Having reliable specifications is an unavoidable challenge in achieving verifiable correctness, robustness, and interpretability of AI systems. Existing specifications for neural networks are in the paradigm of data as specification. That is, the local neighborhood centering around a reference input is considered to be correct (or robust). However, our empirical study shows that such a specification is extremely overfitted since usually no data points from the testing set lie in the certified region of the reference input, making them impractical for real-world applications. We propose a new family of specifications called neural representation as specification, which uses the intrinsic information of neural networks - neural activation patterns (NAP), rather than input data to specify the correctness and/or robustness of neural network predictions. We present a simple statistical approach to mining dominant neural activation patterns. We analyze NAPs from a statistical point of view and find that a single NAP can cover a large number of training and testing data points whereas ad hoc data-as-specification only covers the given reference data point. To show the effectiveness of discovered NAPs, we formally verify several important properties, such as various types of misclassifications will never happen for a given NAP, and there is no-ambiguity between different NAPs. We show that by using NAP, we can verify the prediction of the entire input space, while still recalling 84% of the data. Thus, we argue that using NAPs is a more reliable and extensible specification for neural network verification.
With the renaissance of deep learning, neural networks have achieved promising results on many natural language understanding (NLU) tasks. Even though the source codes of many neural network models are publicly available, there is still a large gap from open-sourced models to solving real-world problems in enterprises. Therefore, to fill this gap, we introduce AutoNLU, an on-demand cloud-based system with an easy-to-use interface that covers all common use-cases and steps in developing an NLU model. AutoNLU has supported many product teams within Adobe with different use-cases and datasets, quickly delivering them working models. To demonstrate the effectiveness of AutoNLU, we present two case studies. i) We build a practical NLU model for handling various image-editing requests in Photoshop. ii) We build powerful keyphrase extraction models that achieve state-of-the-art results on two public benchmarks. In both cases, end users only need to write a small amount of code to convert their datasets into a common format used by AutoNLU.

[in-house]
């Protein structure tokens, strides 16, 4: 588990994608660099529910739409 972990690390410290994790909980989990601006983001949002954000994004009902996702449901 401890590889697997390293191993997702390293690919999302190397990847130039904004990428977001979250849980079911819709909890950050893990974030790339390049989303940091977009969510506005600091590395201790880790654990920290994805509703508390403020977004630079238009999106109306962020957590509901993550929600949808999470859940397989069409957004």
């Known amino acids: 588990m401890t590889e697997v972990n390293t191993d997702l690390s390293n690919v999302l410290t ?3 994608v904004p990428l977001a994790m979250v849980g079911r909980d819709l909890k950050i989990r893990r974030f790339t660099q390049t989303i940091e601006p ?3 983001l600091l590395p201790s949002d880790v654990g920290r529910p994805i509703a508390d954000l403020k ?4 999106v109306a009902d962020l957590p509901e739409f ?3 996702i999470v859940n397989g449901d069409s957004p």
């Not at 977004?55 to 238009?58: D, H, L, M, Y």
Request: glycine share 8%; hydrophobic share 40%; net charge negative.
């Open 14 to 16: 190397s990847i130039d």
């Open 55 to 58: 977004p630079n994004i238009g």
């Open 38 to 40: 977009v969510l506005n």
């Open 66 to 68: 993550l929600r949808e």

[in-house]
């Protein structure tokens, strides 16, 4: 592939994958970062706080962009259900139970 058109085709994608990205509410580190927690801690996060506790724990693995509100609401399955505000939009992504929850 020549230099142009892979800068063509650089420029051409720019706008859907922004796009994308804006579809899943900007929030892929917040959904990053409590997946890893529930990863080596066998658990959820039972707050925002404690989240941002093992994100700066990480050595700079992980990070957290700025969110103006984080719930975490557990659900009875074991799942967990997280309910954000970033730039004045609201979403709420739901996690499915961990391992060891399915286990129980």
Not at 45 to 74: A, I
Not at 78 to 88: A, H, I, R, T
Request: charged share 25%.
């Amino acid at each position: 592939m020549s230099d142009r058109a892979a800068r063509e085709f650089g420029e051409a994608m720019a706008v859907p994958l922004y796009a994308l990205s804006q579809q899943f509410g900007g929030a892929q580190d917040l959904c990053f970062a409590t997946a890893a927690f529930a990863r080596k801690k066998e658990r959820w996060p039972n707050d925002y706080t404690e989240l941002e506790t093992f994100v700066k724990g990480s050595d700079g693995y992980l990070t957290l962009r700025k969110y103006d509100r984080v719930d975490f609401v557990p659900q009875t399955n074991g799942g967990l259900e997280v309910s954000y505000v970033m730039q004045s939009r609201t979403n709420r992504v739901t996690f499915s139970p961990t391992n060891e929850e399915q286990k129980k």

Interpretability and explainability of deep neural networks are challenging due to their scale, complexity, and the agreeable notions on which the explaining process rests. Previous work, in particular, has focused on representing internal components of neural networks through human-friendly visuals and concepts. On the other hand, in real life, when making a decision, human tends to rely on similar situations and/or associations in the past. Hence arguably, a promising approach to make the model transparent is to design it in a way such that the model explicitly connects the current sample with the seen ones, and bases its decision on these samples. Grounded on that principle, we propose in this paper an explainable, evidence-based memory network architecture, which learns to summarize the dataset and extract supporting evidences to make its decision. Our model achieves state-of-the-art performance on two popular question answering datasets (i.e. TrecQA and WikiQA). Via further analysis, we show that this model can reliably trace the errors it has made in the validation step to the training instances that might have caused these errors. We believe that this error-tracing capability provides significant benefit in improving dataset quality in many applications.
This work presents the task of modifying images in an image editing program using natural language written commands. We utilize a corpus of over 6000 image edit text requests to alter real world images collected via crowdsourcing. A novel framework composed of actions and entities to map a user's natural language request to executable commands in an image editing program is described. We resolve previously labeled annotator disagreement through a voting process and complete annotation of the corpus. We experimented with different machine learning models and found that the LSTM, the SVM, and the bidirectional LSTM-CRF joint models are the best to detect image editing actions and associated entities in a given utterance.